Modernizing aging schools is local

U.S. Rep. Debbie Stabenow and local educators gathered at Michigan State University on Sept. 8 to show off how technology is reaching Lansing-area students. The presentation was part of School Modernization Day, a national effort aimed at updating aging schools.

“I think as we look at the jobs of the future and preparing children for the world they have to face, meeting the challenge of bringing technology to the classroom is critical,” said Stabenow, D-Lansing.

Educators face the challenge of finding a way to guarantee students the tools and knowledge needed to navigate the world’s technological landscape.

“In the future, that’s all there’s going to be,” James Pates, a sixth-grader at Dwight Rich Middle School, told the Lansing State Journal. “The world is going to be operated by computers.”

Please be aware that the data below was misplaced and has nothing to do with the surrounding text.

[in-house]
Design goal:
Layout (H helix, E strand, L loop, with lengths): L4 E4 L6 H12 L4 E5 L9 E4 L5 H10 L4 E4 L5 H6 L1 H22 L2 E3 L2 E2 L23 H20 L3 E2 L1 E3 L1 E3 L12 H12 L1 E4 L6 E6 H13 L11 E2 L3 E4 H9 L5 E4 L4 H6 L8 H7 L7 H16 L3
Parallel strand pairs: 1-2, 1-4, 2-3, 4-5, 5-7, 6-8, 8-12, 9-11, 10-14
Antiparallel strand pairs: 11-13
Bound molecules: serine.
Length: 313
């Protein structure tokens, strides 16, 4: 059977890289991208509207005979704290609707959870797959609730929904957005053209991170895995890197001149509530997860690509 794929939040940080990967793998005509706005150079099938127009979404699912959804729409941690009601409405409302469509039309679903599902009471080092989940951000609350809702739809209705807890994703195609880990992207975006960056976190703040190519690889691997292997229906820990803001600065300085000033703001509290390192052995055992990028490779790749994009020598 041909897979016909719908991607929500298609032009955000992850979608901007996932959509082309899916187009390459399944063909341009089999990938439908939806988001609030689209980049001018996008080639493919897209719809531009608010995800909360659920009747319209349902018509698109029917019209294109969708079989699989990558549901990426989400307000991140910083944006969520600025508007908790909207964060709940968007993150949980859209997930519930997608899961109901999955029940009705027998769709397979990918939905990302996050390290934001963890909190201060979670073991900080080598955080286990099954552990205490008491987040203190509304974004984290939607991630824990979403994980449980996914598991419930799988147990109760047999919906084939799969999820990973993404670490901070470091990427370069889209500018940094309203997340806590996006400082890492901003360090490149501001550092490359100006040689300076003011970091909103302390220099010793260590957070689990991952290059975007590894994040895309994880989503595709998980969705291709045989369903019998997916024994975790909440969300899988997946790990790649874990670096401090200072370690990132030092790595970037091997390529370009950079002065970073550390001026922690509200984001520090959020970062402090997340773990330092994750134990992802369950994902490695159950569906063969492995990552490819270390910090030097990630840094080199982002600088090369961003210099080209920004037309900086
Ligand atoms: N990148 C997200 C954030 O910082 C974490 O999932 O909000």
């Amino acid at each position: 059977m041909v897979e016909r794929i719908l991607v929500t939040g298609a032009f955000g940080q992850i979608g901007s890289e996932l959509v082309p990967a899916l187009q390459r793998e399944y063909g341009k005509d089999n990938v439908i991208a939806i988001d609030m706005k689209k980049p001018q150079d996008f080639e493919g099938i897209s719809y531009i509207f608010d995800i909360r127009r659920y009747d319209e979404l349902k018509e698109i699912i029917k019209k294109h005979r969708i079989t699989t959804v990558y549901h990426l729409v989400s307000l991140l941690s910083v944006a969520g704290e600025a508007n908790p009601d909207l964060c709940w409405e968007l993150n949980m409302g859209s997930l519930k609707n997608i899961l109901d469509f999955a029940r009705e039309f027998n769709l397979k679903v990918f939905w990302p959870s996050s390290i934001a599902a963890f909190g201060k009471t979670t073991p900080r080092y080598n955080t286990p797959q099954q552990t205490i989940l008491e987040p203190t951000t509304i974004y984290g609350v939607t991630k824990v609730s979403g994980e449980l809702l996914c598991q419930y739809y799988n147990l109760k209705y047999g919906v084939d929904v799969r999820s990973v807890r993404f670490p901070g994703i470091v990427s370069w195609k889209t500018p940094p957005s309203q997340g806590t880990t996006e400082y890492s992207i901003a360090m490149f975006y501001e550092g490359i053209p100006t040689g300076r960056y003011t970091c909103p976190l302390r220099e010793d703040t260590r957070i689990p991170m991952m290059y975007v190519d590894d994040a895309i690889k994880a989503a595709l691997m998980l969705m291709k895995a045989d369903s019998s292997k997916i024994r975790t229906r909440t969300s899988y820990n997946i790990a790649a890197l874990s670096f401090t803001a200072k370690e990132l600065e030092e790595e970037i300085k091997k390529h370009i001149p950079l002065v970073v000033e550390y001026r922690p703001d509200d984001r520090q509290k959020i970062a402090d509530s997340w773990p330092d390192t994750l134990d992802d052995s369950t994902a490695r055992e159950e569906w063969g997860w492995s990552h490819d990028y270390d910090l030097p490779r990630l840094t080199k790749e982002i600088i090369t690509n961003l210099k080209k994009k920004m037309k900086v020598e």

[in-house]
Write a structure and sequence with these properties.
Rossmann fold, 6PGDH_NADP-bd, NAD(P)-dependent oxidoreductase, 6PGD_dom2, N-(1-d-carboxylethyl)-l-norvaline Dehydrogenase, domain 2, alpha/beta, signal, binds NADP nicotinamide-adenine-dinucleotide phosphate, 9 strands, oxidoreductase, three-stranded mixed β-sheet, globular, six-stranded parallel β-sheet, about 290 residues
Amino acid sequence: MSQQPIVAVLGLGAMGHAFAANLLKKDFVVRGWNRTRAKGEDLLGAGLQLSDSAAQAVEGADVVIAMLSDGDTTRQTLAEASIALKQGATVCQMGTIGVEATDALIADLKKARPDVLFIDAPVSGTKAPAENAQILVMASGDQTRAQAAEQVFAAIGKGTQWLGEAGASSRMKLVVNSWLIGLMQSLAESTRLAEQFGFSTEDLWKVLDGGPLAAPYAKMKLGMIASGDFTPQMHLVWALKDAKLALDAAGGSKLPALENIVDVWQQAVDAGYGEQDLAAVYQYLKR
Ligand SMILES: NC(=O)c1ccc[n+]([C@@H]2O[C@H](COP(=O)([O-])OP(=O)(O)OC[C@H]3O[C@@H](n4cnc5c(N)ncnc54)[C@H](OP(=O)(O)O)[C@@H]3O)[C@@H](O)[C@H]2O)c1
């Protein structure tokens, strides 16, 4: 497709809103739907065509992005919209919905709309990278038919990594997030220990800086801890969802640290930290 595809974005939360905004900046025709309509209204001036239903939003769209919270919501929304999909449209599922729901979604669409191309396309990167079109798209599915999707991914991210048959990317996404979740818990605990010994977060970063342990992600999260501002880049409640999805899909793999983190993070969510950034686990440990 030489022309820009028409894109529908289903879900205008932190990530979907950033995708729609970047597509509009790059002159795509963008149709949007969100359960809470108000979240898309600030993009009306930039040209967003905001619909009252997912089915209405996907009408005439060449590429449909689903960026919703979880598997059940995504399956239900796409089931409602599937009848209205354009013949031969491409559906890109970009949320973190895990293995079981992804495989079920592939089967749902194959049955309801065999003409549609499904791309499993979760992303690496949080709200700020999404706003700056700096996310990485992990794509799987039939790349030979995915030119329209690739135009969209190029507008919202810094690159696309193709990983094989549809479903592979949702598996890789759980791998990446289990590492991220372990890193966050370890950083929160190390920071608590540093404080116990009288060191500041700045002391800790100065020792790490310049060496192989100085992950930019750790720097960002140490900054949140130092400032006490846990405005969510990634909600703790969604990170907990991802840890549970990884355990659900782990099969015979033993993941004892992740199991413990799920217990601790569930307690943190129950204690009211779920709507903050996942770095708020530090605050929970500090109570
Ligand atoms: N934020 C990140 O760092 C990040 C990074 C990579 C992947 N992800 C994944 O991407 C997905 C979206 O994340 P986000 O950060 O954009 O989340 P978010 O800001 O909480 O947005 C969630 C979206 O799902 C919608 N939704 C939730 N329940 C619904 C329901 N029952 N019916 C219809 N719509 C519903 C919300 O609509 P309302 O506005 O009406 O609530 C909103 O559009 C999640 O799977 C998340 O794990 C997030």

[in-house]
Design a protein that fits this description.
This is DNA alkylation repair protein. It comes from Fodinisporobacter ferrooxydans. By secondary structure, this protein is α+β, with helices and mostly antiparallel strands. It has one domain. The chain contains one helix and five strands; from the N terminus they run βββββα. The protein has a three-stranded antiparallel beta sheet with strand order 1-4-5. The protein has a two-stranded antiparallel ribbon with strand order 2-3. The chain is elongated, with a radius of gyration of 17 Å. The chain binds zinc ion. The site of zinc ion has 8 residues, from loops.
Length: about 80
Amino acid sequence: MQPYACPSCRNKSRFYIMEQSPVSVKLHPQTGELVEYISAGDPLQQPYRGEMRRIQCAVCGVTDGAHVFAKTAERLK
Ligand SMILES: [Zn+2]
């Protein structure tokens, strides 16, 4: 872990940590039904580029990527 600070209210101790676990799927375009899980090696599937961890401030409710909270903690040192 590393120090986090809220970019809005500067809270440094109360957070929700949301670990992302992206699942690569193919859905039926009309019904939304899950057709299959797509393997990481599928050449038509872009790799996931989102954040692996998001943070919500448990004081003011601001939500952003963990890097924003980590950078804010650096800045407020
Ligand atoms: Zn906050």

One initiative highlighted during the forum was a “Computer Clubhouse” scheduled to open by November at Dwight Rich. The after-hours computer lab is designed so students can communicate electronically with students at nine other Michigan middle schools.

Michigan State got a two-year, $4 million grant to establish the network. The university also has received a grant to give technology training to teachers at all 43 schools in the Lansing district.

“This way, we’ll have two teachers in each school who really know how to use what we’ve got,” said Blaine Morrow, the district’s coordinator of networks and technology training. “Hopefully they’ll become the technology leaders in their buildings.”

Other local initiatives highlighted during the program included NetDay, a volunteer effort to electronically wire 29 Lansing schools for Internet access, and Computers for Learning, a government program that asks agencies to donate used computers to schools and nonprofit agencies.


Boston’s NetDay

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